M Basner, A Samel
January-March 2004, 6(22):83-93
PMID:15070533
Noise protection associated with the construction and extension of airports in the Federal Republic of Germany has been regulated by the law for protection against aircraft noise since 1971. This legislation is due for revision because of different aspects. One aspect is the growth of air traffic which has led many airports to the limits of their capacity and in search of new ways of adaptation to the increasing demand for flight services. Another aspect is the increasing concern of the population about noise effects which has to be addressed by better protection against the effects of aircraft noise. The framework conditions of policy in terms of society as a whole, its health and economic environment need to be put into effect by political action. Science can contribute to this goal by performing noise effects research and by providing recommendations to the political body. However, it remains controversial, what measures are necessary or adequate to assure effective protection of the population against aircraft noise. This is particularly true for the protection of rest and sleep at night. The problem of finding a common basis for adequate recommendations is associated with (1) the low number of primary studies, which also exhibited highly variable results and assessments, (2) the handling of acoustic or psycho-acoustic dimensions for quantifying psychological or physiological reactions, and (3) the conception of how far preventive measures have to go to prove effective. With this in mind, the DLR Institute for Aerospace Medicine is conducting a large-scale, multi-stage study for investigating the acute effects of nocturnal aircraft noise on human sleep. This enterprise is implemented in the framework of the HGF/DLR project "Quiet Air Traffic" for developing sustainable assessment criteria for human-specific effects of aircraft noise at night.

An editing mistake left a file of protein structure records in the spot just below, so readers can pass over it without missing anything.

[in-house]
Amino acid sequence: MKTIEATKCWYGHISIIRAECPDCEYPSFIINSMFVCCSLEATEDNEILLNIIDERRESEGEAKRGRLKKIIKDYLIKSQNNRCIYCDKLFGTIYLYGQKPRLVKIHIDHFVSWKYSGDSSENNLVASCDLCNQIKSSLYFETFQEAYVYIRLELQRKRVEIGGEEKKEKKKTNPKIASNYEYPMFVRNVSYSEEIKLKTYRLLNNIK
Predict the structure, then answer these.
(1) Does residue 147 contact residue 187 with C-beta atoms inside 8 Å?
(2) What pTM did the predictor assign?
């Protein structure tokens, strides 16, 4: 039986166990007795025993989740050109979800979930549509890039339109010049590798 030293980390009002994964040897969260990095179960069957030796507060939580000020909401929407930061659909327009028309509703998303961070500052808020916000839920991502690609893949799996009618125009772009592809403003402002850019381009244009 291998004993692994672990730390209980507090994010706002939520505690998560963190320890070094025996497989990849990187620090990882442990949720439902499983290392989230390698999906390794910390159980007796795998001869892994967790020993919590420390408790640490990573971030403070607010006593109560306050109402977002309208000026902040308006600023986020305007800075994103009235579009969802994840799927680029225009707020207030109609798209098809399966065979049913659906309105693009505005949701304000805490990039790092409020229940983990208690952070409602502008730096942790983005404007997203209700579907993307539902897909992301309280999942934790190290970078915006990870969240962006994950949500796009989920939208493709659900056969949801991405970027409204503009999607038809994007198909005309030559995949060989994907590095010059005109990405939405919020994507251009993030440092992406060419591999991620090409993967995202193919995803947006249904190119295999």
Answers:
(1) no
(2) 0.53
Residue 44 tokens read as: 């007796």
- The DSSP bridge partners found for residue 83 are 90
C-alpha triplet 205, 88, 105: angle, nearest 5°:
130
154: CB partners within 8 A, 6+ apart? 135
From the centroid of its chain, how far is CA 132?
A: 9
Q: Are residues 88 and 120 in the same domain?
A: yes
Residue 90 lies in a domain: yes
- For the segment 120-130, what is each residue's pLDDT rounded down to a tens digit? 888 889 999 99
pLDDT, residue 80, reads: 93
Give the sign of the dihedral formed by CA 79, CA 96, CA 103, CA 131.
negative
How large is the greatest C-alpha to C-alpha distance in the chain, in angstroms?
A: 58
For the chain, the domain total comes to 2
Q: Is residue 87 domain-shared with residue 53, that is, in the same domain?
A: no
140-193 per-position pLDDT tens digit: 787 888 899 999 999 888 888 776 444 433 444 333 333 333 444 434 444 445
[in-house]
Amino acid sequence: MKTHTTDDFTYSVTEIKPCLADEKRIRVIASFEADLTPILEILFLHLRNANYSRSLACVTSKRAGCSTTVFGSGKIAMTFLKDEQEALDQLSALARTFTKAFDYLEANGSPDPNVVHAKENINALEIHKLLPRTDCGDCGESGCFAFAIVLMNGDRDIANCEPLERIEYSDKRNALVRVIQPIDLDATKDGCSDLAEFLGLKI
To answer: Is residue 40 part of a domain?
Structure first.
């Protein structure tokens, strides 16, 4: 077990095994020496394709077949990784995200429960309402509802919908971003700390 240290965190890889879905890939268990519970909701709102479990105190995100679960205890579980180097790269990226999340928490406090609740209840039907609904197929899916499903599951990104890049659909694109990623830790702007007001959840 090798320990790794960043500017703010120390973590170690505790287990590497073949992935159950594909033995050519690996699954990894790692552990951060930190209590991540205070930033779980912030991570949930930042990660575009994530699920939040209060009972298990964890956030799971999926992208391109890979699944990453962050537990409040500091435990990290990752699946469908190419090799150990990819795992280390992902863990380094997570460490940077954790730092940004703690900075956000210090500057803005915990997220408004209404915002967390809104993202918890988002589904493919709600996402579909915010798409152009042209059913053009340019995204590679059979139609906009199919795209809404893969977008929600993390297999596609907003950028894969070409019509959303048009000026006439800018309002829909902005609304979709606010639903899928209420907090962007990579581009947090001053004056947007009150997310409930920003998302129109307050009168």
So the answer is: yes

10 5,486 213
Health aspects of extra-aural noise research
W Babisch
January-March 2004, 6(22):69-81
PMID:15070532
The WHO definition of "health" is critically discussed in its broad context. Decision making in noise policy has to be made in the evaluation range between social and physical well-being. The term "adverse" is a crucial one in the process of risk characterization. In toxicological terms it refers to the single event itself; in psychosocial terms it refers to the relative number of people affected. The evidence of the association between community noise and cardiovascular outcomes is evaluated. The results of epidemiological studies in this field can be used for decision making when assessing maximum acceptable noise levels in the community. Since dose response relationships were mostly studied with respect to road traffic noise, inferences have to be made with respect to aircraft noise. Issues of statistical inferring are discussed.
  8 6,350 260
Special assessment of aircraft noise effects during night by the Council of Experts for Environmental Questions of FRG
K Scheuch
January-March 2004, 6(22):65-67
PMID:15070531
The "Special Assessment of Environment and Health" (SAEH) by the Council of Experts for Environmental Questions of Federal Republic of Germany is presented regarding to it's statements concerning the consequences of aircraft noise during night. Considering the issue of sustainability it is emphasized that lower limit values of the validity of scientific results need to be accepted. As the discussion of the literature shows the statements of the Council are rather vague and warily. This is a question of used parameters of noise effects during the night as well as its interpretation. It seems necessary to utilize a hierarchical structure of limit values and with interpretation of the term "threshold" as normal physiological reactions. More investigations are necessary in this field.
  4 2,930 89
Aircraft noise and times of day : Possibilities of redistributing and influencing noise exposure
R Hoeger
January-March 2004, 6(22):55-58
PMID:15070529
Summary. Disturbing effects of aircraft noise depend on the time of day at which the sound sources emerge. The reason can be seen in different human activities which vary qualitatively throughout the day. Especially in the evening and during the night people are more sensitive against noise induced disturbances which is a result of several field studies. Additionally there exists empirical evidence that human performance behaviour profits by keeping the night period free of sound exposure. As a consequence of these findings it is discussed whether the existing air traffic should be rescheduled to the daytime. It is argued that not only noise rescheduling needs to be considered, but also the spatial redistribution of air traffic volume. In using a mix of rescheduling techniques and administrative possibilities, significant reductions of aircraft noise exposure can be achieved.
  1 3,281 100
Introduction
KH Bartels
January-March 2004, 6(22):3-3
  - 2,469 51
EDITORIAL
Editorial
H Ising
January-March 2004, 6(22):1-2
PMID:15070522
  - 2,405 81